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John D'Allara and Rodney Gillis Library
Brooklyn Remembers Memorial
Conseleya 9/11 Memorial
Dewitt 9/11 Memorial
Montclair State University 9/11 Memorial
East Newark 9/11 Memorial
Fair Haven 9/11 Memorial
Freehold Township 9/11 Living Memorial Tree Grove
Crescent Beach Park - Flagpole/Memorial for 9/11 Victims
New York City Police Officer Rodney Gillis had just finished his shift, which ended at 8 a.m., and was hanging around talking to his fellow officers with the Emergency Services Unit when the first plane smashed into the World Trade Center. As usual, he was the first one on the scene.
Gillis, 34, and other Emergency Services officers, who included his former high school teacher, Police Officer John Dallara from ESU Truck 3, were believed to be in the belly of the South Tower when it collapsed, Green said. " We know his team penetrated deep into the building."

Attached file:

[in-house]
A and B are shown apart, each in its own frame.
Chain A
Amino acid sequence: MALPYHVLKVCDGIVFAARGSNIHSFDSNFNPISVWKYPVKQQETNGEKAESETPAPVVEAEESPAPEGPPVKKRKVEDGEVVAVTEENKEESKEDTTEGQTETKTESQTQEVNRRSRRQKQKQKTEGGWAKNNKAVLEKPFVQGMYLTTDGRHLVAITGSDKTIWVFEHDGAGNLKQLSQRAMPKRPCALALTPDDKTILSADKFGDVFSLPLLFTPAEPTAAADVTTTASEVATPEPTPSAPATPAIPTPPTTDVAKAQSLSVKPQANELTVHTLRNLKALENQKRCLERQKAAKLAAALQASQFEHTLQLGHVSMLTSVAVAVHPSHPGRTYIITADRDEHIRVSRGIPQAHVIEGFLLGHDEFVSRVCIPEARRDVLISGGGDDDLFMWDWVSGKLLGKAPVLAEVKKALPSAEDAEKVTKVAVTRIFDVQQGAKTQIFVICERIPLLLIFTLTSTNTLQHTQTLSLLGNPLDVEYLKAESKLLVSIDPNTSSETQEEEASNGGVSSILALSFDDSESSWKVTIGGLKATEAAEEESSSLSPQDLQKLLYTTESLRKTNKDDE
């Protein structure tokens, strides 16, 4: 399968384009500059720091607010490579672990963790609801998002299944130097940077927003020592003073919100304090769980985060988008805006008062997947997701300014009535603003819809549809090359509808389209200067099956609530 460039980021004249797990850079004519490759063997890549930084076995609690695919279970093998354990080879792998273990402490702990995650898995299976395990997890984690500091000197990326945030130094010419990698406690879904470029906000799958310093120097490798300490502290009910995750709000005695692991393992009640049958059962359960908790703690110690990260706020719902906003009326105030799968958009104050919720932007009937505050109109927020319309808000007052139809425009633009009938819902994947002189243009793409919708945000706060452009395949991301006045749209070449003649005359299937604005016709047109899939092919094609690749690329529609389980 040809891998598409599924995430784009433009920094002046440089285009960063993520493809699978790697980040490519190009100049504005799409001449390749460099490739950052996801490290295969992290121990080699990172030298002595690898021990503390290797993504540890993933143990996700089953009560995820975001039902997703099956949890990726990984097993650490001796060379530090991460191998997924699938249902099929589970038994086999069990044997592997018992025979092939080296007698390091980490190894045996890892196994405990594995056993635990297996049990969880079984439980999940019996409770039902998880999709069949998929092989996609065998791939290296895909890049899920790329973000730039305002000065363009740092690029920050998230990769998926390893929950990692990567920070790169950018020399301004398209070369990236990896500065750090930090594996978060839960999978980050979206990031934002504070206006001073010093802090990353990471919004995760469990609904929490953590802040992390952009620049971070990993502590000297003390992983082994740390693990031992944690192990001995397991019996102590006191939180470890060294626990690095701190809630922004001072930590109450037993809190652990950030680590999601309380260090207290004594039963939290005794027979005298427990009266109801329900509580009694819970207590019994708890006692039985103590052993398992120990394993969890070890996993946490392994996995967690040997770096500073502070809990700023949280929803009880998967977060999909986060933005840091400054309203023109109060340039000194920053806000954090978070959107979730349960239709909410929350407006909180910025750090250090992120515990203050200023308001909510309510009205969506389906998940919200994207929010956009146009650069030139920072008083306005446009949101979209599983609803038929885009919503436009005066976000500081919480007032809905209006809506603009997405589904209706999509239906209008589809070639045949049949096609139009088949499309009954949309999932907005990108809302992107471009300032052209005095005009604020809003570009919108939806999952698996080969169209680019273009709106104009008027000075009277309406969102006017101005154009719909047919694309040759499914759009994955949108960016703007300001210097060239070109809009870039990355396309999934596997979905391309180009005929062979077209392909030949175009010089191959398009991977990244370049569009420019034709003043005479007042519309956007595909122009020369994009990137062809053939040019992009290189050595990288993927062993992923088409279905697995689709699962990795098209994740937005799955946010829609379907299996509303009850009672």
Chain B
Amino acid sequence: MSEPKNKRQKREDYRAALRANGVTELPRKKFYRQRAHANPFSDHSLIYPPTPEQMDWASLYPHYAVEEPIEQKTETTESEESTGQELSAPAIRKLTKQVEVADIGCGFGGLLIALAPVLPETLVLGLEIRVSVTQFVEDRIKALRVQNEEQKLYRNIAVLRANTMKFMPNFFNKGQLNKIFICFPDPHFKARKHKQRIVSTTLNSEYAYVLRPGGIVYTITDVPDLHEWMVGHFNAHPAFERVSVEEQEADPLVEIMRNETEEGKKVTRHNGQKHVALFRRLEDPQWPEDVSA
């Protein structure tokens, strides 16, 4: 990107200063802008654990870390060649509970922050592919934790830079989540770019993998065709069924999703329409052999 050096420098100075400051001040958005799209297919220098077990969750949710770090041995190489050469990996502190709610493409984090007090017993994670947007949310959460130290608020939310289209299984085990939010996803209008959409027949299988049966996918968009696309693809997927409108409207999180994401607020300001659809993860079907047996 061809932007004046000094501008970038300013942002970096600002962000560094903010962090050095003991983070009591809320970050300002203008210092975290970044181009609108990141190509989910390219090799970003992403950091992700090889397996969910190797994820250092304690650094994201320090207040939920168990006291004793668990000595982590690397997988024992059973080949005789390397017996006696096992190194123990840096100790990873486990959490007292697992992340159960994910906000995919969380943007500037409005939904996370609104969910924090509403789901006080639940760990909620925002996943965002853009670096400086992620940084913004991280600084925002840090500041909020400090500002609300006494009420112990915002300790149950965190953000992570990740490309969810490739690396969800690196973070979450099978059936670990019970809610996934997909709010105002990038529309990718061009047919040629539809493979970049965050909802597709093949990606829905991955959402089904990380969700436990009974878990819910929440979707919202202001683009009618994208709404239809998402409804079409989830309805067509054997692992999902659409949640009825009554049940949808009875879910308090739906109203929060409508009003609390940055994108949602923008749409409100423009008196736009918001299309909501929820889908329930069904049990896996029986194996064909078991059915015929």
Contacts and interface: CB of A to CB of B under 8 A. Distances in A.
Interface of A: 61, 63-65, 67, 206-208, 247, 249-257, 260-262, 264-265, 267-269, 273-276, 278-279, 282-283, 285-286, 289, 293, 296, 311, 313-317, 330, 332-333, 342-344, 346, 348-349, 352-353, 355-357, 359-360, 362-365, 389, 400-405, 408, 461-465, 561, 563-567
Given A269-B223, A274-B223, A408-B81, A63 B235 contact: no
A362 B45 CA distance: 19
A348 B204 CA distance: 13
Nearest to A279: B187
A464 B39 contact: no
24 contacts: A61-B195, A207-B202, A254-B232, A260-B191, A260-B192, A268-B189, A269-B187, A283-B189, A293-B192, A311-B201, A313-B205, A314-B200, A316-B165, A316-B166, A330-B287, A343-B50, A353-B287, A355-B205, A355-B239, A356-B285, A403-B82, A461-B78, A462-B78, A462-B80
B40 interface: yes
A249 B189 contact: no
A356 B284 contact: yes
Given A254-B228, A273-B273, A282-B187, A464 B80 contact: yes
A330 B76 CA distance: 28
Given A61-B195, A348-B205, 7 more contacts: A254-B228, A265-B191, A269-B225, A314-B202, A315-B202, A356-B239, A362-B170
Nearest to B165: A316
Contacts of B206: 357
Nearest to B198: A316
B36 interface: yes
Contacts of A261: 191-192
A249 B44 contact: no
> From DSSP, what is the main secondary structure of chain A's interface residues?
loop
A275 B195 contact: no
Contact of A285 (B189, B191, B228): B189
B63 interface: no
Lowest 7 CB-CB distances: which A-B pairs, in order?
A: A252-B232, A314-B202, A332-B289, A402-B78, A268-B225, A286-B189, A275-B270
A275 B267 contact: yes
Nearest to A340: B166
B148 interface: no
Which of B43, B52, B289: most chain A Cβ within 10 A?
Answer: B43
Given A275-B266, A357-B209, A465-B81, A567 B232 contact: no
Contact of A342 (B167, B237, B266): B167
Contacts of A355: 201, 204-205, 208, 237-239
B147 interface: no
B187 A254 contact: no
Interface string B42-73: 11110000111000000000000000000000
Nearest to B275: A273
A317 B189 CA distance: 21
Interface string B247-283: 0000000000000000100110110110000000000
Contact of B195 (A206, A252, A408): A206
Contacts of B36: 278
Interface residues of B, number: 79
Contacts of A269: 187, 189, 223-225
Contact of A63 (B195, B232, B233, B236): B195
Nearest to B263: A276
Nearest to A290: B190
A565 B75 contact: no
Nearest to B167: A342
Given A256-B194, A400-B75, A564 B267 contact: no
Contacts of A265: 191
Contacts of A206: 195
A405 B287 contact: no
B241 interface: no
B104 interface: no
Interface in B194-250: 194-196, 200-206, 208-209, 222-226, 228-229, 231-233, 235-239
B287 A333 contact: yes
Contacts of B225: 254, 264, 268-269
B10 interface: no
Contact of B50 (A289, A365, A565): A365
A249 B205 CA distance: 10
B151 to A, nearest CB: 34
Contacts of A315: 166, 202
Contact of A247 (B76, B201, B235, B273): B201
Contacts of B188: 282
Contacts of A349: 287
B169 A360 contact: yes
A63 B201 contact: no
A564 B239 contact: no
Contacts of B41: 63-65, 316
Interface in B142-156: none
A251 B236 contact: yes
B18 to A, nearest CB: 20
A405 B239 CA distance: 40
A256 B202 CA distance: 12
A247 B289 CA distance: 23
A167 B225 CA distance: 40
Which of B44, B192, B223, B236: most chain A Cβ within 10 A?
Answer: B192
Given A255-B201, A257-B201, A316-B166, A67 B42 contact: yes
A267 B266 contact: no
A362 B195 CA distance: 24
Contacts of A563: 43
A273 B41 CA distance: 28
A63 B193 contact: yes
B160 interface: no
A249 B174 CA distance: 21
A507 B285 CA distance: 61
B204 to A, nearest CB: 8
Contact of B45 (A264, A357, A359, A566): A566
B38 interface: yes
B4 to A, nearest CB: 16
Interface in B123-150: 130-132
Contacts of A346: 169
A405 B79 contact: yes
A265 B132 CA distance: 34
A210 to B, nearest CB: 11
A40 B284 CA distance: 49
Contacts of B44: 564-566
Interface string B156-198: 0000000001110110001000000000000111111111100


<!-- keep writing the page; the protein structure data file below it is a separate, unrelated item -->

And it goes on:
Both Gillis and Dallara are among the 23 missing city police officers.
Gillis joined the department in 1988. Promoted to sergeant in 1997, he was loved and respected by his men in Emergency Services Truck 8, said Gillis' former supervisor retired Lt. Richard Green, because he was brave and strong. " And just a terrific guy."
Green noted that Gillis, a Brownsville resident, was " a Brooklyn boy through and through." His mother, Geraldine, also lives in Brooklyn and his father, Otha, lives in North Carolina. He attended Park West High School in Brooklyn as a talented student and received a certificate from St. John's University in Queens and a degree from the Island Drafting and Technical Institute in Amityville.
To those who know him, Gillis is thought of as something of a Renaissance man. On the job, he was trained as a scuba diver, has his EMT certification, is trained in emergency psychology and is also a technician who deals with hazardous materials. Off the job, he was remodeling both his and his parents' home. He loves to play saxophone and is devoted to his three children..
But his dedication to the job, the one that made him run out the door with the rest of the crew after his shift was done, is what defined Gillis, Green said. " He's a true warrior."
New York Newsday Victim Database 9/26/2001